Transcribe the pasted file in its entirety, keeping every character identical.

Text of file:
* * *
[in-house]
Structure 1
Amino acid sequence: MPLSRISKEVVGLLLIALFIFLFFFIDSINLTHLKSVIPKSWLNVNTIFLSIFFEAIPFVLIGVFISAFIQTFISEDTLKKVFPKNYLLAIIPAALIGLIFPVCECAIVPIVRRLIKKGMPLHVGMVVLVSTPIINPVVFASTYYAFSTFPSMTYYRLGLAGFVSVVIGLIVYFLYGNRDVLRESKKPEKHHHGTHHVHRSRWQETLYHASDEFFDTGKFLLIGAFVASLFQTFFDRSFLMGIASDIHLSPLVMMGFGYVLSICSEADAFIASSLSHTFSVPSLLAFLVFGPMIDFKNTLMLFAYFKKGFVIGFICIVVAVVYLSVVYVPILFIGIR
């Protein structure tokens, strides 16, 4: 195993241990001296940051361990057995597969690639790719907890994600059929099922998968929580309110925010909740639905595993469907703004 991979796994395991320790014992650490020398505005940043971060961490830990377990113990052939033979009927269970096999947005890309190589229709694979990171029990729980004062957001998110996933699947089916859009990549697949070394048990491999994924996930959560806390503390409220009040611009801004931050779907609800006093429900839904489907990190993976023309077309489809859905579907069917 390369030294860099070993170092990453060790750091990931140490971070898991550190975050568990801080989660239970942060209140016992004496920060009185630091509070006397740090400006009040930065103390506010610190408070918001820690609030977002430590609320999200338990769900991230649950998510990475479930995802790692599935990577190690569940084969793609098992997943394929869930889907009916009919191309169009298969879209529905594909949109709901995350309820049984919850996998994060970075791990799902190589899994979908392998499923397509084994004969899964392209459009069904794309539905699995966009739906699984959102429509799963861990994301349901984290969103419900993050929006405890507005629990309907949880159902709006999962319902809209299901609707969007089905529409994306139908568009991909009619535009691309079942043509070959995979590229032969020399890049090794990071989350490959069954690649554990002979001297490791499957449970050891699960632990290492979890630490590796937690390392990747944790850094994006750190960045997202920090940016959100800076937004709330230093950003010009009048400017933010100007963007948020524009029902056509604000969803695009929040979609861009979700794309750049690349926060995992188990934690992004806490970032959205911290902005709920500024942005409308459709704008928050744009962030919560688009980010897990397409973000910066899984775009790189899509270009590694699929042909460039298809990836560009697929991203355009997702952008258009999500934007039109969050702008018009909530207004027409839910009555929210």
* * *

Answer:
[in-house]
Structure 1
Amino acid sequence: MPLSRISKEVVGLLLIALFIFLFFFIDSINLTHLKSVIPKSWLNVNTIFLSIFFEAIPFVLIGVFISAFIQTFISEDTLKKVFPKNYLLAIIPAALIGLIFPVCECAIVPIVRRLIKKGMPLHVGMVVLVSTPIINPVVFASTYYAFSTFPSMTYYRLGLAGFVSVVIGLIVYFLYGNRDVLRESKKPEKHHHGTHHVHRSRWQETLYHASDEFFDTGKFLLIGAFVASLFQTFFDRSFLMGIASDIHLSPLVMMGFGYVLSICSEADAFIASSLSHTFSVPSLLAFLVFGPMIDFKNTLMLFAYFKKGFVIGFICIVVAVVYLSVVYVPILFIGIR
């Protein structure tokens, strides 16, 4: 195993241990001296940051361990057995597969690639790719907890994600059929099922998968929580309110925010909740639905595993469907703004 991979796994395991320790014992650490020398505005940043971060961490830990377990113990052939033979009927269970096999947005890309190589229709694979990171029990729980004062957001998110996933699947089916859009990549697949070394048990491999994924996930959560806390503390409220009040611009801004931050779907609800006093429900839904489907990190993976023309077309489809859905579907069917 390369030294860099070993170092990453060790750091990931140490971070898991550190975050568990801080989660239970942060209140016992004496920060009185630091509070006397740090400006009040930065103390506010610190408070918001820690609030977002430590609320999200338990769900991230649950998510990475479930995802790692599935990577190690569940084969793609098992997943394929869930889907009916009919191309169009298969879209529905594909949109709901995350309820049984919850996998994060970075791990799902190589899994979908392998499923397509084994004969899964392209459009069904794309539905699995966009739906699984959102429509799963861990994301349901984290969103419900993050929006405890507005629990309907949880159902709006999962319902809209299901609707969007089905529409994306139908568009991909009619535009691309079942043509070959995979590229032969020399890049090794990071989350490959069954690649554990002979001297490791499957449970050891699960632990290492979890630490590796937690390392990747944790850094994006750190960045997202920090940016959100800076937004709330230093950003010009009048400017933010100007963007948020524009029902056509604000969803695009929040979609861009979700794309750049690349926060995992188990934690992004806490970032959205911290902005709920500024942005409308459709704008928050744009962030919560688009980010897990397409973000910066899984775009790189899509270009590694699929042909460039298809990836560009697929991203355009997702952008258009999500934007039109969050702008018009909530207004027409839910009555929210």